In fluidised bed combustion of biomass, the biomass is fed into a bed of hot inert particles, such as sand kept in fluidised state with air at sufficient velocity from below. The operating temperature is normally controlled within the range 750- 950°C; ideally it is kept as high as possible in order to maximise the rate of combustion and heat transfer but low enough to avoid the problem of sintering of the bed particles. The rapid mixing and turbulence within the fluidised bed enables efficient combustion to be achieved with high heat releases, as well as effective transfer, than in a conventional boiler. This can result in more compact boiler with less number of tubes.


It is the process of burning completely the solid masses to ‘ashes by high temperature oxidation.

Although the terms ‘combustion’ and ‘incineration’ are synonymous, yet the “combustion process” is applicable to all fuels (i.e., solid, liquids and gases); “incineration” is a special process which is used for incinerating municipal solid waste to reduce the volume of solid refuse (90 per cent) and to produce heat steam and electricity.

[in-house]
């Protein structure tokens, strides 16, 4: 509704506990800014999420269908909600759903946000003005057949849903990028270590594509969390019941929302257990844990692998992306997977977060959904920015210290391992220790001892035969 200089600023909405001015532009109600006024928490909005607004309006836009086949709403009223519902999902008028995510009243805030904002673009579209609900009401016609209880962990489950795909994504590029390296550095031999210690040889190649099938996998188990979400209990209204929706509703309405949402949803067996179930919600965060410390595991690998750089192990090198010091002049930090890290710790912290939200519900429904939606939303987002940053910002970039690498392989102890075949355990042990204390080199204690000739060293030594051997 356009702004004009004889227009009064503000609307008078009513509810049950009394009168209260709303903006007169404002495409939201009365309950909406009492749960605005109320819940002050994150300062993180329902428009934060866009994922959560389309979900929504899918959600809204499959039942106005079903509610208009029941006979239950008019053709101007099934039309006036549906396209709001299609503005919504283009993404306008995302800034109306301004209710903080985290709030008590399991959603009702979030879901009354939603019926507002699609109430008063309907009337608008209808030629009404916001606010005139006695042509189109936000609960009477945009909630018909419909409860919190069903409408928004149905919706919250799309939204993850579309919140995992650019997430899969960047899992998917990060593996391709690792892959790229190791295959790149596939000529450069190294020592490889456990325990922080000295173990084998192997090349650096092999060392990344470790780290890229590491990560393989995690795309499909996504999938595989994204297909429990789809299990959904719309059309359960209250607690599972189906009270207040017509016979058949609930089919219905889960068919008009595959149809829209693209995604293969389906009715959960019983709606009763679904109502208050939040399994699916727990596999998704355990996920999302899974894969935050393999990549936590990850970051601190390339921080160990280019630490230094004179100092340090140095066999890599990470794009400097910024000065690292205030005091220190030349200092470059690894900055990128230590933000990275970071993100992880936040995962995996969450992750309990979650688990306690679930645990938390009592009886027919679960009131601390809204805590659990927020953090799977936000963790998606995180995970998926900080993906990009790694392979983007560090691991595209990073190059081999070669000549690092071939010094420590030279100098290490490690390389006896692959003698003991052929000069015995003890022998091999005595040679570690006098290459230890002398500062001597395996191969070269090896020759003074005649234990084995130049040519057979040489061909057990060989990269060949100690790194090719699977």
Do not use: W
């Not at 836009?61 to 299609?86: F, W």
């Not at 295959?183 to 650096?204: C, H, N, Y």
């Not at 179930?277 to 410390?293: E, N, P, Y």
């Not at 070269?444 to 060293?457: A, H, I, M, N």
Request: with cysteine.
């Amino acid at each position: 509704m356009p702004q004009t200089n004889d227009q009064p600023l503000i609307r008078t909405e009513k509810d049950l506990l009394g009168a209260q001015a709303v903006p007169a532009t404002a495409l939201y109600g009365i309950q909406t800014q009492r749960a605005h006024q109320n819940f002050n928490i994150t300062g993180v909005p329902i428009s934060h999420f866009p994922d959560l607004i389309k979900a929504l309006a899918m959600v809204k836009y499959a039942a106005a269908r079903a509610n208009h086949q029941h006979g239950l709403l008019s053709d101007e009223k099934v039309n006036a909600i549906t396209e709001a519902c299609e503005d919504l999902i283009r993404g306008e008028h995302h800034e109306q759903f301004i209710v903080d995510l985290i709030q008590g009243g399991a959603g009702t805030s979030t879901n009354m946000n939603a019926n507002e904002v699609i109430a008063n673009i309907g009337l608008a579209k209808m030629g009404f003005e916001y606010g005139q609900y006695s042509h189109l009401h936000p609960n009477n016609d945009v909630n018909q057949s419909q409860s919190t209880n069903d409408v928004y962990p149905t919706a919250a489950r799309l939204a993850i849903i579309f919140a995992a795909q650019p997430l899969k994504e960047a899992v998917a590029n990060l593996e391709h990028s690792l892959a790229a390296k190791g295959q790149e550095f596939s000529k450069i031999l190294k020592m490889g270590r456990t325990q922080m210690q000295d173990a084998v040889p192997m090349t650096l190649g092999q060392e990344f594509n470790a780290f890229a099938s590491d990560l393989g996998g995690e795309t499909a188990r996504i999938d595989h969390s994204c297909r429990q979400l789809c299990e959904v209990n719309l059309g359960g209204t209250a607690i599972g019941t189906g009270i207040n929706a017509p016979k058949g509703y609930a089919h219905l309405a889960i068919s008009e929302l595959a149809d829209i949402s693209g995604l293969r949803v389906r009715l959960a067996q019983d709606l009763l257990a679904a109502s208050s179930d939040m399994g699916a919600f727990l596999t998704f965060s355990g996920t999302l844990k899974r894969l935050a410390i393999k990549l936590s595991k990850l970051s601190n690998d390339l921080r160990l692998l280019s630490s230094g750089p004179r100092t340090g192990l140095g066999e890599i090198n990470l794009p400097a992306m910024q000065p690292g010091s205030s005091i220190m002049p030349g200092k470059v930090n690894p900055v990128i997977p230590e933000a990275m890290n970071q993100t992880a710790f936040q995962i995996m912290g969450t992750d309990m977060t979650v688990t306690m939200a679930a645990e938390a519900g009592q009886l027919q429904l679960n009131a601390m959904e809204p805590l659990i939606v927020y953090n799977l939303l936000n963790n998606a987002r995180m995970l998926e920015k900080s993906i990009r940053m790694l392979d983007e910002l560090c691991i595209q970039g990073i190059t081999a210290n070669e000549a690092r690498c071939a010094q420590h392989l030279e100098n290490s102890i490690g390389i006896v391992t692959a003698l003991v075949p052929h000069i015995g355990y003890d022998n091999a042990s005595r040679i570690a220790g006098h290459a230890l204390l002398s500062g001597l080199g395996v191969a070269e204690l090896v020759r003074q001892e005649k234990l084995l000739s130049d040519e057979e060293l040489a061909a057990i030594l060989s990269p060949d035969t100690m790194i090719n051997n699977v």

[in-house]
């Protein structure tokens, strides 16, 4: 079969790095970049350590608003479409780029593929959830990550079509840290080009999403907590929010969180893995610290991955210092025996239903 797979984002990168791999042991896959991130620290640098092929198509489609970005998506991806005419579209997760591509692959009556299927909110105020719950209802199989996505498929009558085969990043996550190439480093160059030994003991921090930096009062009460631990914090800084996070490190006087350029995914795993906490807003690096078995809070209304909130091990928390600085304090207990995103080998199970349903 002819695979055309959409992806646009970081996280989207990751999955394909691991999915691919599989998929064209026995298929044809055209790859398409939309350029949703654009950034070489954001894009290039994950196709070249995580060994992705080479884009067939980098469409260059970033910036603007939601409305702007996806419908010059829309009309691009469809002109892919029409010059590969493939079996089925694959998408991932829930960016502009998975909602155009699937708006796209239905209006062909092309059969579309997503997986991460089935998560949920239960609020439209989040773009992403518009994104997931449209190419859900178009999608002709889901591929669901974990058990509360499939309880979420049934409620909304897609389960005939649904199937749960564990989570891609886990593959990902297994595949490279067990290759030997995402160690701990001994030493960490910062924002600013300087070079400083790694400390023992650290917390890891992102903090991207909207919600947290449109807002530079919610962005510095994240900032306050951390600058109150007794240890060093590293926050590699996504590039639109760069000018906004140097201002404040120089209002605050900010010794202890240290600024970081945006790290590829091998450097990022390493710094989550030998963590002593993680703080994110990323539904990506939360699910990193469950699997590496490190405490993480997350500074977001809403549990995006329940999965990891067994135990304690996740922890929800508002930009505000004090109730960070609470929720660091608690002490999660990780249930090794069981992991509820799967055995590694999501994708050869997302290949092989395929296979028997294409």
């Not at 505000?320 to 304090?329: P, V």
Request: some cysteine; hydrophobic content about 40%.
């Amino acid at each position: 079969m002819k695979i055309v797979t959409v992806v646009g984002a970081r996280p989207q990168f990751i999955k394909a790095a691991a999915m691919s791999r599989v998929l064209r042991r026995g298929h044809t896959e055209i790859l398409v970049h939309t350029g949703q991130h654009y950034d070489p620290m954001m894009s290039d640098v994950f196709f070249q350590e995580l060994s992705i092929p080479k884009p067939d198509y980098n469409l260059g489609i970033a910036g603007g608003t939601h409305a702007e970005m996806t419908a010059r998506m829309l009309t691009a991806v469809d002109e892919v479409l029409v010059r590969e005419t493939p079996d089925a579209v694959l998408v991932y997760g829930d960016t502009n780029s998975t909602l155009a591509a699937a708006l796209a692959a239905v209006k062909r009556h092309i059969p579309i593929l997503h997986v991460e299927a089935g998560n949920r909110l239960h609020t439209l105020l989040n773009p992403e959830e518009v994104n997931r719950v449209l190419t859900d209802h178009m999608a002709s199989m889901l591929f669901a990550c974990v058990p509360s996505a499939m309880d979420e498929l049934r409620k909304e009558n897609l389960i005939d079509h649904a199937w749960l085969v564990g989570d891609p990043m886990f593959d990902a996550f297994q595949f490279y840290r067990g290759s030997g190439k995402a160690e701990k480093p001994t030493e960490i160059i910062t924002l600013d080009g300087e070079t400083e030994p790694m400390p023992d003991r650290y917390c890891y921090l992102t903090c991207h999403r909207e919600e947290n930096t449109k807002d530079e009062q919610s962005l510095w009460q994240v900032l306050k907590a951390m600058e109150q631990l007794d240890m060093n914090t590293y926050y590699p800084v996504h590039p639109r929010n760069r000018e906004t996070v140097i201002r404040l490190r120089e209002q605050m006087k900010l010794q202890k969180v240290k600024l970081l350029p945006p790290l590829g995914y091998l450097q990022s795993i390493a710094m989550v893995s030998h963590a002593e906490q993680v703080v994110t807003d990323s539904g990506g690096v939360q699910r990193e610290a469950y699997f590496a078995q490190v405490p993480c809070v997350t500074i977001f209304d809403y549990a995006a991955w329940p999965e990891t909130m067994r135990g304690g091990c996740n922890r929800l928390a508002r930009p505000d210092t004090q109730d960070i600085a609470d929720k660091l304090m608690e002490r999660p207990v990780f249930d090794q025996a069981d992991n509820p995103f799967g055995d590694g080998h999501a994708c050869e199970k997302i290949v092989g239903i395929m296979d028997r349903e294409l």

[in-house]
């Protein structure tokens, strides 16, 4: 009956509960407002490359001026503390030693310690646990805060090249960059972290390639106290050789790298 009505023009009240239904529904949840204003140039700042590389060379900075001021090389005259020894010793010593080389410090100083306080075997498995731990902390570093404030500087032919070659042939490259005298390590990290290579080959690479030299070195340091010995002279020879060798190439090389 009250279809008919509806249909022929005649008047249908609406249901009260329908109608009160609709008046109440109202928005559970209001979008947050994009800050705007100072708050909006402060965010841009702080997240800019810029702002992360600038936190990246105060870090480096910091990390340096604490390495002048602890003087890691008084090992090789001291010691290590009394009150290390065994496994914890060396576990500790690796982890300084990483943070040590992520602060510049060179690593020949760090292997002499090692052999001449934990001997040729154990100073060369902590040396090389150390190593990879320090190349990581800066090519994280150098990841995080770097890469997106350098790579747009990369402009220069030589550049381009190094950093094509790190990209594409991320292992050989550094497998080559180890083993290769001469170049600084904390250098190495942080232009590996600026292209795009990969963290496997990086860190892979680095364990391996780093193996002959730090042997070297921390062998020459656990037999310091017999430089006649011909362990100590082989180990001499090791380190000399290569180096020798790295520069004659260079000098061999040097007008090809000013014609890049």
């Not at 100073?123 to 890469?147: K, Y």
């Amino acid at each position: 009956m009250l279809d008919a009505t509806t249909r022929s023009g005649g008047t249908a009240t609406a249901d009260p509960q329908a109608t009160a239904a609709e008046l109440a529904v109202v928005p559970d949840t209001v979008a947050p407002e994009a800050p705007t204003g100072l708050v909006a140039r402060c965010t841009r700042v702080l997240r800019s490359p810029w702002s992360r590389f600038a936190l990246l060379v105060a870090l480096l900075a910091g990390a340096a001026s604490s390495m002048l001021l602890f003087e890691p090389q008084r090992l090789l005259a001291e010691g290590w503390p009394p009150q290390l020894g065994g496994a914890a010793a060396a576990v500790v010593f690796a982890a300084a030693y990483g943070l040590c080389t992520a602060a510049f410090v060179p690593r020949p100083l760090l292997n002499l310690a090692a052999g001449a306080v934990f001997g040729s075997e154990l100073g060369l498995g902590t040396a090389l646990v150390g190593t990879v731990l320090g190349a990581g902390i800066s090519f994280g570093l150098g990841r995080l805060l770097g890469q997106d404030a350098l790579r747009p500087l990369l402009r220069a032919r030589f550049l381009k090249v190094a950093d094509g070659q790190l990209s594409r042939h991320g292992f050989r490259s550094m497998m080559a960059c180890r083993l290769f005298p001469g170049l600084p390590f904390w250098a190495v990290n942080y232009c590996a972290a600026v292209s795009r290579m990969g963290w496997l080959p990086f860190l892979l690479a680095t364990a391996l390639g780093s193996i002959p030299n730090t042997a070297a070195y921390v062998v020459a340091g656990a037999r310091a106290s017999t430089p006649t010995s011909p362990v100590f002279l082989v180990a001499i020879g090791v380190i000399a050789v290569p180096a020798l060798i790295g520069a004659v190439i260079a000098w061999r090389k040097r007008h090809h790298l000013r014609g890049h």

Wood, dung, vegetable waste can be dried and burnt to provide heat or converted into low calorific value by pyrolysis. In the pyrolysis process, the organic material is converted to gases, solids and liquids by heating to 500 to 900°C in the absence of oxygen.

c. Thermo-Chemical Conversion:

It is a process to decompose biomass with various combinations of temperatures and pressures.

Thermo-chemical conversion takes the following two forms:

(i) Gasification;

(ii) Liquification.

(i) Gasification:

It is the process of heating the biomass with limited oxygen to produce ‘low heating value’ or by reacting it with steam and oxygen at high pressure and temperature to produce ‘medium heating value gas’.

The output gas is known as “producer gas”, a mixture of H2 (15-20%), CO (10 to 20%), CH4 (1 to 5%), CO2 (9 to 12%) and N2 (45 to 55%). As compared to solid mass the gas is more versatile, it can be burnt to produce heat and steam, or used in I.C. engines or gas turbines to generate electricity.